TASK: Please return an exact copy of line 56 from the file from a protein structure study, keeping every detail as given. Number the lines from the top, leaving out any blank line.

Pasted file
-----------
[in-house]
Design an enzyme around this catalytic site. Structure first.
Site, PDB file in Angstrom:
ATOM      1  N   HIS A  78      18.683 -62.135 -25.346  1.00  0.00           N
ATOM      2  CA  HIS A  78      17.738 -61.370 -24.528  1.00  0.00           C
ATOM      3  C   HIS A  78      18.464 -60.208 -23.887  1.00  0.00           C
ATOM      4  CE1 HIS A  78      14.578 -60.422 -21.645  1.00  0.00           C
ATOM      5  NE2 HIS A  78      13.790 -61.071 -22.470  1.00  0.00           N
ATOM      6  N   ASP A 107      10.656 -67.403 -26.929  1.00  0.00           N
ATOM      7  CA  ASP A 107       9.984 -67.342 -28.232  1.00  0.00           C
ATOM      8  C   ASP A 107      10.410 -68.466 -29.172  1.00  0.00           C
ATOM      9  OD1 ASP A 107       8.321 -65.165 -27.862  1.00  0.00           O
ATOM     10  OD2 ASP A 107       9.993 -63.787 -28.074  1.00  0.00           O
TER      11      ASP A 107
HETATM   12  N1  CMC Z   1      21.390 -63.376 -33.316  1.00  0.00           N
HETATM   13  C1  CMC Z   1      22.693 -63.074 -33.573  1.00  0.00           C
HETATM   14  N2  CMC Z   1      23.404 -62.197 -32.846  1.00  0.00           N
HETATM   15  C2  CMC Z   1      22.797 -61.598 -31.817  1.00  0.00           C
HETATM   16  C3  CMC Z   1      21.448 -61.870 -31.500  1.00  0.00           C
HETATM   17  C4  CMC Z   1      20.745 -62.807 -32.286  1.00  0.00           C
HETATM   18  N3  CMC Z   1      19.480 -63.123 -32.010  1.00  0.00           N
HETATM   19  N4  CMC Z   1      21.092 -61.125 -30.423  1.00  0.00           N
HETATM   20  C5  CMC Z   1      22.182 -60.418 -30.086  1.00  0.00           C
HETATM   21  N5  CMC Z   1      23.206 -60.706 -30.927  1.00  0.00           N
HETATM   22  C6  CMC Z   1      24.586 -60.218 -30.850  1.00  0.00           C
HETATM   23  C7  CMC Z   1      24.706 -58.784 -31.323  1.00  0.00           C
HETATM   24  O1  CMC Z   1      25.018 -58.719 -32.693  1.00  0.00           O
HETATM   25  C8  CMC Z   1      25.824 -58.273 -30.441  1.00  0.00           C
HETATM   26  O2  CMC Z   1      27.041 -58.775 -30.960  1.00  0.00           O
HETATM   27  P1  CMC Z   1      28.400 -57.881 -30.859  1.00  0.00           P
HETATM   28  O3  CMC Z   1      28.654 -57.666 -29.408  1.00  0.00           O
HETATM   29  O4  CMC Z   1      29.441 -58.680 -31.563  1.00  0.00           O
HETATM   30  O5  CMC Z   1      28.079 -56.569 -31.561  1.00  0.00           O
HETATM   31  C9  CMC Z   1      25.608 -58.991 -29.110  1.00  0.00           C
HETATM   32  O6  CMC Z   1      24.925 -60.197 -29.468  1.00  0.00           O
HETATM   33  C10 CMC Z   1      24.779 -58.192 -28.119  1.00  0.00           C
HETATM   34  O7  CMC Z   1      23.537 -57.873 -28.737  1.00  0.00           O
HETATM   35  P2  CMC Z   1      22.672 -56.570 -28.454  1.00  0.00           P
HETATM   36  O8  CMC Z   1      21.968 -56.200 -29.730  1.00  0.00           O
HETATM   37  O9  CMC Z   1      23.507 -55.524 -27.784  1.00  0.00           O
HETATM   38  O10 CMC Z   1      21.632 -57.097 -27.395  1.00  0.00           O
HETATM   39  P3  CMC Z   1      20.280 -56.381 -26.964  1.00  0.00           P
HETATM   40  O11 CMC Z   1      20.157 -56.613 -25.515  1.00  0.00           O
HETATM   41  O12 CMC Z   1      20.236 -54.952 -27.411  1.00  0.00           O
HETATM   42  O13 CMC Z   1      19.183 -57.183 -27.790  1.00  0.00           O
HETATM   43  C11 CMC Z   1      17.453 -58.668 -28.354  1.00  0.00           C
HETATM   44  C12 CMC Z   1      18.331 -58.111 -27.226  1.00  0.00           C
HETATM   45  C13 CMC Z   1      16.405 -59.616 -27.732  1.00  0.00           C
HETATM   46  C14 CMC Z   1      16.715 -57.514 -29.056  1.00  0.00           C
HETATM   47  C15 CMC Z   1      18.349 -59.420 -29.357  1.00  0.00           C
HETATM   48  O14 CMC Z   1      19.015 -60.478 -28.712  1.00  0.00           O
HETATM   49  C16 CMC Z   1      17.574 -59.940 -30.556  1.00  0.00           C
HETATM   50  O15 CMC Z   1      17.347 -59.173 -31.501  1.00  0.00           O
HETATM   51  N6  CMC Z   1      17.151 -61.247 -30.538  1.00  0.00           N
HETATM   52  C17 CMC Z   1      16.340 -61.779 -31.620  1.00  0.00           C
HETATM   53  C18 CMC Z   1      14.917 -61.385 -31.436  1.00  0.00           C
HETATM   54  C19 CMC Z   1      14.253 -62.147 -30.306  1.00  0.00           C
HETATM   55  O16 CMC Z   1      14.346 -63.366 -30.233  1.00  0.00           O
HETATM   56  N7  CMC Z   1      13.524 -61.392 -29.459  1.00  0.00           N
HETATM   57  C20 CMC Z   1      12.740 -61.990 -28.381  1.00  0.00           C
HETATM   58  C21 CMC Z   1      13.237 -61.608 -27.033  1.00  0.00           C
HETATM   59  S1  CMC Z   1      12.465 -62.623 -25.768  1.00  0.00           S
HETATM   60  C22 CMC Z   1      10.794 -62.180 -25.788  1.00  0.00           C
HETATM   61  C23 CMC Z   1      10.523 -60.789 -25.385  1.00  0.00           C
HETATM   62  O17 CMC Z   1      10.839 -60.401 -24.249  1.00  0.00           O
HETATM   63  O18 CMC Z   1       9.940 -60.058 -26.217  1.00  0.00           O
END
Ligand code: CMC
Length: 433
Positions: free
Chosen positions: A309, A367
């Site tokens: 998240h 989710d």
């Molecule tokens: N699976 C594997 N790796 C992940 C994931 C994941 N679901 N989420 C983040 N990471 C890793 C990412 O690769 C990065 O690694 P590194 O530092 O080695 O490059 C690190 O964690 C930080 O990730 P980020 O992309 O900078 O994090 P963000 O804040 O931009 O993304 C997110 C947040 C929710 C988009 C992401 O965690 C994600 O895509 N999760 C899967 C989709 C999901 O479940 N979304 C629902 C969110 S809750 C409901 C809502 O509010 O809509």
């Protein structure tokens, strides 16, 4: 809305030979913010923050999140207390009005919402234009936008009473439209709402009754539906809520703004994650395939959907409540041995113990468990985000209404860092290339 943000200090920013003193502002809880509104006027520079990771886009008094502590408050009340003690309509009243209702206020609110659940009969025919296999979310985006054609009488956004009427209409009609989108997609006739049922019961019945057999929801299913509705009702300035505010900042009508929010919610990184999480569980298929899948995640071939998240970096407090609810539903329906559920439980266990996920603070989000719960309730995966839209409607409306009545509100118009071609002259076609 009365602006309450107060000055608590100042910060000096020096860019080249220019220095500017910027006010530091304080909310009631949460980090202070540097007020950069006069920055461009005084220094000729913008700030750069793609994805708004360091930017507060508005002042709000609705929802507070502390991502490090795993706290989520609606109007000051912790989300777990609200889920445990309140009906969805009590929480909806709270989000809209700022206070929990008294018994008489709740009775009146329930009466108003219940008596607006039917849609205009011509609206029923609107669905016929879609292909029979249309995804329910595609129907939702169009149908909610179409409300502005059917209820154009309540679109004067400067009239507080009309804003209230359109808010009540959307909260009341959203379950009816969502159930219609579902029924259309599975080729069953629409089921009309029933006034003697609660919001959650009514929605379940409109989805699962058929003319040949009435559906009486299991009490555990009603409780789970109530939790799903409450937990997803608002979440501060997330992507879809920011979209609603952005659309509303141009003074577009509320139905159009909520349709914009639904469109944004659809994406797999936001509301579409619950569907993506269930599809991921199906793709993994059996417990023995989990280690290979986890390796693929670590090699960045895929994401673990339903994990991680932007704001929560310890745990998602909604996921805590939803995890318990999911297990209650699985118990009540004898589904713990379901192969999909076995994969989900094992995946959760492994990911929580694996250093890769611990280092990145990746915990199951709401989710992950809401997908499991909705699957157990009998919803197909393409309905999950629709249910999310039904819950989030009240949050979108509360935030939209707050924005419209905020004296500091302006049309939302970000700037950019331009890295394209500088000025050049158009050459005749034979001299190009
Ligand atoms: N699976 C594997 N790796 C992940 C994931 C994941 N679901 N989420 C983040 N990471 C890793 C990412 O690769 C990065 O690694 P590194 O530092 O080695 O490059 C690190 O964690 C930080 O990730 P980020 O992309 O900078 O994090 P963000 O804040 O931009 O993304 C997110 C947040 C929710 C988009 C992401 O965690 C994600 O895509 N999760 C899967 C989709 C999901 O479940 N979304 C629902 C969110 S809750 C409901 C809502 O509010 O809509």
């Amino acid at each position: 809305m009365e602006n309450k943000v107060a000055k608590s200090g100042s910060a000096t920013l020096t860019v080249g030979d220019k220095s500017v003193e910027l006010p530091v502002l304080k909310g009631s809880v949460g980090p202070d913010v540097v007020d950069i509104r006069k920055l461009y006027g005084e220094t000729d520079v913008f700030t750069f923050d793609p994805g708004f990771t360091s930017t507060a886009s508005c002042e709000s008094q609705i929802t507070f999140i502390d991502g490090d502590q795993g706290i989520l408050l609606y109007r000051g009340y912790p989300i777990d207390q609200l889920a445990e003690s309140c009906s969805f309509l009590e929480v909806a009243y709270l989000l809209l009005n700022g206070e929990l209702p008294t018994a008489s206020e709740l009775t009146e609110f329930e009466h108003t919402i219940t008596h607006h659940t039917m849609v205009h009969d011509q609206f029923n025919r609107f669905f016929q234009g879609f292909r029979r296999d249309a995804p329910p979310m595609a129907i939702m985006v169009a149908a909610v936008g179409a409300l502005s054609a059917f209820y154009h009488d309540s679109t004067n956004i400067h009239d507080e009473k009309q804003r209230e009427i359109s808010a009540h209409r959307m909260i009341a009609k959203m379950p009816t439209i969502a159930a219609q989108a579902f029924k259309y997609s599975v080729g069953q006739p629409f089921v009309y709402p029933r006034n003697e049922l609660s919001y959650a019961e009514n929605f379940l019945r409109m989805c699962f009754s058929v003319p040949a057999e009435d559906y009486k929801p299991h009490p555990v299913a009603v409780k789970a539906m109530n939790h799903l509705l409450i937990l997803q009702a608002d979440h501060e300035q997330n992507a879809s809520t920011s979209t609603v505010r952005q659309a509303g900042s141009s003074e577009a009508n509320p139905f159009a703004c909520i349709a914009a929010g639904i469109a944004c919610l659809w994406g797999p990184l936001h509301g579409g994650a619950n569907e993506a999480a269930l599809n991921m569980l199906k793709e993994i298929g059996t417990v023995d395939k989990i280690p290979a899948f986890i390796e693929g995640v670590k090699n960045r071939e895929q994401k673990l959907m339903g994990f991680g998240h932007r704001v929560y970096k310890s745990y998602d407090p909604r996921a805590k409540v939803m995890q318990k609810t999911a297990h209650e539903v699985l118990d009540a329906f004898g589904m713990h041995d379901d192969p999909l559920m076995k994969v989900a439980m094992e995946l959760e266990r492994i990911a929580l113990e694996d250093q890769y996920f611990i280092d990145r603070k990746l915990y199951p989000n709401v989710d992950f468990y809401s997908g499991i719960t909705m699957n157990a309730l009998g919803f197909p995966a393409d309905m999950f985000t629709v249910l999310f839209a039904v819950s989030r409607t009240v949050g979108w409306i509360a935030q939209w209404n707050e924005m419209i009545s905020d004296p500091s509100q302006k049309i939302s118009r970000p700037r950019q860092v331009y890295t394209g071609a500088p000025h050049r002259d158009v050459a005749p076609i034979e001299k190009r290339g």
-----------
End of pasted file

HETATM   53  C18 CMC Z   1      14.917 -61.385 -31.436  1.00  0.00           C